Steve Fletcher, Managing Director of the Automotive Recyclers of Canada (ARC), explains what their association is doing to highlight auto recyclers’ professionalism so that they are acknowledged as an integral part of the automotive economy supply chain by the public and policymakers.
Auto recyclers are very near the end of the overall automotive economy supply chain. After a vehicle has been designed, built, sold, driven, repaired, re-used – almost all vehicles end up being recycled for their material recovery. Those that don’t are probably in museums, with collectors or still on the road.
As one of the last stakeholders in that chain of ownership, and an industry still comprised mainly of independent, family-run, small and medium-sized businesses, auto recyclers often times have the smallest voice in the process – the last to be consulted, and often times the most misunderstood by the motoring public and government policymakers.
No one ever asks an auto recycler how to build a better vehicle that can actually be recycled – even though the Circular Economy pushes for this. The public still thinks a “junkyard” is a “wrecker” is a “scrapyard” is a “recycler.” Many believe their end-of-life vehicle is junk or scrap or waste.
This mindset makes it difficult to engage with the public and policymakers to bring about positive change in the industry and to allow auto recyclers to be at the table when key decisions are being made.
The Automotive Recyclers of Canada has been trying to change all that.
One of our first key steps was making adherence to the Canadian Auto Recyclers Environmental Code (CAREC) mandatory for all Members. Developed for Environment Canada and the National Vehicle Scrappage Program, CAREC has become the core defining document and process that separates ARC Members from the junkyards that are still out there.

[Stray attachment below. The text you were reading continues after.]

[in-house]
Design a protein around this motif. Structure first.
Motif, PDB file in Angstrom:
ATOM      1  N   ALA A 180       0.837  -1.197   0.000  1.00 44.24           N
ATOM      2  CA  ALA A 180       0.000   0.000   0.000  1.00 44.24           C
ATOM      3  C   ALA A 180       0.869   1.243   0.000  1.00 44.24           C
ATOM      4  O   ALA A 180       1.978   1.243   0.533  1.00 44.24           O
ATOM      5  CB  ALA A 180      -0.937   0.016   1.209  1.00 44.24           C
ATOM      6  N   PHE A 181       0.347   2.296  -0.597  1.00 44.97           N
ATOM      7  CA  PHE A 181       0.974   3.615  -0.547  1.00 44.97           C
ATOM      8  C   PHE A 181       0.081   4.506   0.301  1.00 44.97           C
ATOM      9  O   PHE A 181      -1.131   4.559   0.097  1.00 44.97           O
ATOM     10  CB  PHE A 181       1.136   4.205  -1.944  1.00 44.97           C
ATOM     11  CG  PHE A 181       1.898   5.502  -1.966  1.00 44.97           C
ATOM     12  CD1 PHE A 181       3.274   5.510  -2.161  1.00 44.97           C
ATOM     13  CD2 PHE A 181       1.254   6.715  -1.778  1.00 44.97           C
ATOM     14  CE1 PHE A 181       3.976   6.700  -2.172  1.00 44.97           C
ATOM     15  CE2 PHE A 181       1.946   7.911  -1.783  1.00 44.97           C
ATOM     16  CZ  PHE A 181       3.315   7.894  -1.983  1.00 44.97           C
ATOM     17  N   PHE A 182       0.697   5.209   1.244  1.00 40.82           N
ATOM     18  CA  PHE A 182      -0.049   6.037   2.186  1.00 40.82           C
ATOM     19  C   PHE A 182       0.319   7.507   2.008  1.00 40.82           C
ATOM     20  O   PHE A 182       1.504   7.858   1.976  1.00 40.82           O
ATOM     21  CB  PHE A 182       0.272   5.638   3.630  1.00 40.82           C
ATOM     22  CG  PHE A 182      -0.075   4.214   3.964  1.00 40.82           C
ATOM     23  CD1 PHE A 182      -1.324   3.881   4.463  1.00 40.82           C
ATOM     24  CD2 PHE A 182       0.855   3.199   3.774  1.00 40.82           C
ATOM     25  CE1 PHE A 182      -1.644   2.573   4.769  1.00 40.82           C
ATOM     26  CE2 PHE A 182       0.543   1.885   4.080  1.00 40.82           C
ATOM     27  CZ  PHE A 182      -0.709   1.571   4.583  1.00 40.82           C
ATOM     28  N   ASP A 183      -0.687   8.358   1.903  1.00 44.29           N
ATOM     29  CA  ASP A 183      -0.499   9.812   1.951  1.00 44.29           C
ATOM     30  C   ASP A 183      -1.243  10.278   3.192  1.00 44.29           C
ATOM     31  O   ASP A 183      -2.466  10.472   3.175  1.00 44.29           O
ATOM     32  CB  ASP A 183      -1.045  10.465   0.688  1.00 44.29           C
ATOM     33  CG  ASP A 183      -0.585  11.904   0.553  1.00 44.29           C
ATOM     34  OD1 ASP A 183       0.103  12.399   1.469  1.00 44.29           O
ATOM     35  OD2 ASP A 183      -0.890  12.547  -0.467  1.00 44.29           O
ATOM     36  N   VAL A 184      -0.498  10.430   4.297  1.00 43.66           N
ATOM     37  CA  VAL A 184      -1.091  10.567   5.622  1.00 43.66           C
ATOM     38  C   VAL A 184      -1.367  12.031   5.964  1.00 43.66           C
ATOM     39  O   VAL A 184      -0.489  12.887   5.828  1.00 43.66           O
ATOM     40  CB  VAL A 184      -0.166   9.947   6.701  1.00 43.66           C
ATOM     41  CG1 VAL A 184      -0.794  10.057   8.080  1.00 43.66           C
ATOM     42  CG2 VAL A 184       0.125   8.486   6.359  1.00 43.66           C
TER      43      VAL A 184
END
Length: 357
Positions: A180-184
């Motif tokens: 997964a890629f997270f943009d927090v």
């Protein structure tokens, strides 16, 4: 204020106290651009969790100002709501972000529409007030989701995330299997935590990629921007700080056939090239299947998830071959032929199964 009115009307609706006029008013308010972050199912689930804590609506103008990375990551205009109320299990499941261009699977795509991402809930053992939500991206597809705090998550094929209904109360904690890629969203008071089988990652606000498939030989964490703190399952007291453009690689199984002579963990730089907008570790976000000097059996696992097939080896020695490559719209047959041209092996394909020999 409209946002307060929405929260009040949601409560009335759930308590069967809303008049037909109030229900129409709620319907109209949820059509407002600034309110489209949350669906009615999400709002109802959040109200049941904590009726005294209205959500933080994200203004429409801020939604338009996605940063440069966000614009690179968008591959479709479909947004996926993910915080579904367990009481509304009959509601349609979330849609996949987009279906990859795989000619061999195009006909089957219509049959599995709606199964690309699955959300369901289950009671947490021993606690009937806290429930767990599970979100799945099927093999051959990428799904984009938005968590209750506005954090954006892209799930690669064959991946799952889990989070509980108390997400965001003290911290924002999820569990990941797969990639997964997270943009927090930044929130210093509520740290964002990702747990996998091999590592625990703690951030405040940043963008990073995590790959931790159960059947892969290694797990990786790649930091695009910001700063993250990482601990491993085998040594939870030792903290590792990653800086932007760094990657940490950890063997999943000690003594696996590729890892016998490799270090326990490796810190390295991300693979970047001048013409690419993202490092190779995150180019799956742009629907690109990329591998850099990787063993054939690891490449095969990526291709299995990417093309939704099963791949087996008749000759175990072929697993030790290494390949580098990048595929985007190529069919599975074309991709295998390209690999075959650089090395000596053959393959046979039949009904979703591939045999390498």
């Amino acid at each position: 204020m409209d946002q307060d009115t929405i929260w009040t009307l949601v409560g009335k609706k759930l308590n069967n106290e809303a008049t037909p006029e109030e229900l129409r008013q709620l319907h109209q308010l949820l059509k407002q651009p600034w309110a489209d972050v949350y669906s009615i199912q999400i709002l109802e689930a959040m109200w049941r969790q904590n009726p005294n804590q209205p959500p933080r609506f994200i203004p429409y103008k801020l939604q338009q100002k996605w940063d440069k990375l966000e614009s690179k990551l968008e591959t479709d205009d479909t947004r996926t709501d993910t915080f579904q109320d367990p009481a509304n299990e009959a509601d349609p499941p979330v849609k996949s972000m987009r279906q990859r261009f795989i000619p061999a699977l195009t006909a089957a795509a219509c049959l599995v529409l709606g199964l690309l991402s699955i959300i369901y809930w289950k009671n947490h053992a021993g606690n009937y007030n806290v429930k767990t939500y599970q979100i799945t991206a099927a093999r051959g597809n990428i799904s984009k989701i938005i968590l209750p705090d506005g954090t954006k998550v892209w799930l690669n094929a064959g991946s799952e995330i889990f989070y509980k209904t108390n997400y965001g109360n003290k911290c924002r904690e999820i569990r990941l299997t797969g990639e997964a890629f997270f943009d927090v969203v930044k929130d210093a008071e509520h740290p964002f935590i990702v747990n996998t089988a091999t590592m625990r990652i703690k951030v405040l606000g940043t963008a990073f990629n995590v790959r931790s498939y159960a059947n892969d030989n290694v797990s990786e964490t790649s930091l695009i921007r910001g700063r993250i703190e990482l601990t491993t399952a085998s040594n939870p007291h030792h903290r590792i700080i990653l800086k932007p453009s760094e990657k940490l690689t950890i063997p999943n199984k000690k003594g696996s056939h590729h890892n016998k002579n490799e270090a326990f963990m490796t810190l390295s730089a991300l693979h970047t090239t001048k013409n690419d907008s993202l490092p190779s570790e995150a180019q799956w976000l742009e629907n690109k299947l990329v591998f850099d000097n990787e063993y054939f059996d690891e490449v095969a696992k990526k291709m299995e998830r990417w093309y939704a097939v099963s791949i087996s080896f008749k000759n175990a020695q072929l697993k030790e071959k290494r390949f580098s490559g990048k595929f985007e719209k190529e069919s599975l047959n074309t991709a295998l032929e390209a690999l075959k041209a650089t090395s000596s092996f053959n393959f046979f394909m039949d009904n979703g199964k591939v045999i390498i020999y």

We then strategically increased our communication on all fronts to show what our Members did every day with every vehicle. We helped launch an annual glossy magazine (now in its 14th year); introduced the Green Recycled Parts branding program (Good for the Earth, Good for your Wallet, Good for your Vehicle); undertook a variety of advertising and direct mail campaigns, and developed common websites for many of our Member associations.
We held open houses, industry forums, and presentations wherever and whenever some group wanted to know more – including many, many meetings with politicians at all levels. We kept the Retire Your Ride and Car Heaven vehicle scrappage programs alive to interact directly with the public to remove their older vehicles responsibly.
We dramatically increased our social media presence through Twitter, Facebook, and Blogging, not only for the association and industry but also to provide resources to Members so they became the media stars in their own community. All of the strategies, tactics and resources were openly shared with Members so they could include in their toolkit to promote their business and industry.
Working with other industry stakeholders was also key – insurers, repairers, automakers, dealers, environmental groups, auto clubs – all provided input into our challenges and opportunities, and we are a much stronger industry because of this outreach.
Auto recyclers are still a small part of the auto economy, and we still struggle to be heard. But as the Pandemic has clearly pointed out – we are essential.
By cleaning up our operations first and then letting the world know that auto recyclers are a valued part of society, we have made progress. But there is always so much more to do.